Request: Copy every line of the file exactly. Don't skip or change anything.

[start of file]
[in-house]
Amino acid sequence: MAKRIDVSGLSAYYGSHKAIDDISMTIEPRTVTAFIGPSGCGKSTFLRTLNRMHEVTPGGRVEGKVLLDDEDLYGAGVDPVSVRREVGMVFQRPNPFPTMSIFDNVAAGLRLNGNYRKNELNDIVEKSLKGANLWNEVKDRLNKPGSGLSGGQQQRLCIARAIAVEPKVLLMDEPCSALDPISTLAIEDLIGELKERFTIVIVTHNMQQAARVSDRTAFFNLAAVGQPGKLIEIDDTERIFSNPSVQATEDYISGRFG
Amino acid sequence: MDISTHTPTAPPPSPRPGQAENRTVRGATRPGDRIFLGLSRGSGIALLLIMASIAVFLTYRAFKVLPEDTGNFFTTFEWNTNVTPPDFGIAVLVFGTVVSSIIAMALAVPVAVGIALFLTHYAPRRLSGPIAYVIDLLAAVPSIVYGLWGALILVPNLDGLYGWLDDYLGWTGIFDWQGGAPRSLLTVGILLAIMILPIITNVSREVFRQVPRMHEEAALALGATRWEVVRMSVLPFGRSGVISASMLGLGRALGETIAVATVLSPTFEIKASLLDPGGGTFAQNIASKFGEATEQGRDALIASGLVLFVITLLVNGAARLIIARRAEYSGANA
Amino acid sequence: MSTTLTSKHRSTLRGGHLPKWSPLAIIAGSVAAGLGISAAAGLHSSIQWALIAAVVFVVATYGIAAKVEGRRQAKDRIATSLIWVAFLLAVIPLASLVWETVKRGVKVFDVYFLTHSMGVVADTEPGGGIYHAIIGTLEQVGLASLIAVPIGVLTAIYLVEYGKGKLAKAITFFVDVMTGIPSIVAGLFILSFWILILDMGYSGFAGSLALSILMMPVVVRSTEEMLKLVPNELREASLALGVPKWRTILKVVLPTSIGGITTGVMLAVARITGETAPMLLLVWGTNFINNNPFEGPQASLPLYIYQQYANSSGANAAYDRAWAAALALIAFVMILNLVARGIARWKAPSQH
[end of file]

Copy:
[in-house]
Amino acid sequence: MAKRIDVSGLSAYYGSHKAIDDISMTIEPRTVTAFIGPSGCGKSTFLRTLNRMHEVTPGGRVEGKVLLDDEDLYGAGVDPVSVRREVGMVFQRPNPFPTMSIFDNVAAGLRLNGNYRKNELNDIVEKSLKGANLWNEVKDRLNKPGSGLSGGQQQRLCIARAIAVEPKVLLMDEPCSALDPISTLAIEDLIGELKERFTIVIVTHNMQQAARVSDRTAFFNLAAVGQPGKLIEIDDTERIFSNPSVQATEDYISGRFG
Amino acid sequence: MDISTHTPTAPPPSPRPGQAENRTVRGATRPGDRIFLGLSRGSGIALLLIMASIAVFLTYRAFKVLPEDTGNFFTTFEWNTNVTPPDFGIAVLVFGTVVSSIIAMALAVPVAVGIALFLTHYAPRRLSGPIAYVIDLLAAVPSIVYGLWGALILVPNLDGLYGWLDDYLGWTGIFDWQGGAPRSLLTVGILLAIMILPIITNVSREVFRQVPRMHEEAALALGATRWEVVRMSVLPFGRSGVISASMLGLGRALGETIAVATVLSPTFEIKASLLDPGGGTFAQNIASKFGEATEQGRDALIASGLVLFVITLLVNGAARLIIARRAEYSGANA
Amino acid sequence: MSTTLTSKHRSTLRGGHLPKWSPLAIIAGSVAAGLGISAAAGLHSSIQWALIAAVVFVVATYGIAAKVEGRRQAKDRIATSLIWVAFLLAVIPLASLVWETVKRGVKVFDVYFLTHSMGVVADTEPGGGIYHAIIGTLEQVGLASLIAVPIGVLTAIYLVEYGKGKLAKAITFFVDVMTGIPSIVAGLFILSFWILILDMGYSGFAGSLALSILMMPVVVRSTEEMLKLVPNELREASLALGVPKWRTILKVVLPTSIGGITTGVMLAVARITGETAPMLLLVWGTNFINNNPFEGPQASLPLYIYQQYANSSGANAAYDRAWAAALALIAFVMILNLVARGIARWKAPSQH